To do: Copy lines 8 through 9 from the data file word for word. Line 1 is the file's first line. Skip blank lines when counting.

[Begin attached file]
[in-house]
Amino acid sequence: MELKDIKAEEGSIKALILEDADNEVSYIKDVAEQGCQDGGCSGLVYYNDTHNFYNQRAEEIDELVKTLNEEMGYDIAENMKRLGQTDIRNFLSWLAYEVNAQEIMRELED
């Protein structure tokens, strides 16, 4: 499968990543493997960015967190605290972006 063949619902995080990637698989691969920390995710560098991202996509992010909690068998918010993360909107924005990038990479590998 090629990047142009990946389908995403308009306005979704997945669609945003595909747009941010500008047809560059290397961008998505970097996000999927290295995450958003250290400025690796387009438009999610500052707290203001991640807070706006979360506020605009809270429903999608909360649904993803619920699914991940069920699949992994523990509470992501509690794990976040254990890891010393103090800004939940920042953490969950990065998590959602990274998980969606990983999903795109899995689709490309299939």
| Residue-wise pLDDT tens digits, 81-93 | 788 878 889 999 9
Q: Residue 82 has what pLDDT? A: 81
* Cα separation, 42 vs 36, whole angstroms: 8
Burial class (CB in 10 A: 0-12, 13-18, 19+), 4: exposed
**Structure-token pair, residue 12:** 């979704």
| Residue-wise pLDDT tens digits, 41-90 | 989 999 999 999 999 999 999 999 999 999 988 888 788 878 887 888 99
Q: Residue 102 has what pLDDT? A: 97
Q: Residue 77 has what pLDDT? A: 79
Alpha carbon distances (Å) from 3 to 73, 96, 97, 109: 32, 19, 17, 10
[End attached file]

**Structure-token pair, residue 12:** 């979704």
| Residue-wise pLDDT tens digits, 41-90 | 989 999 999 999 999 999 999 999 999 999 988 888 788 878 887 888 99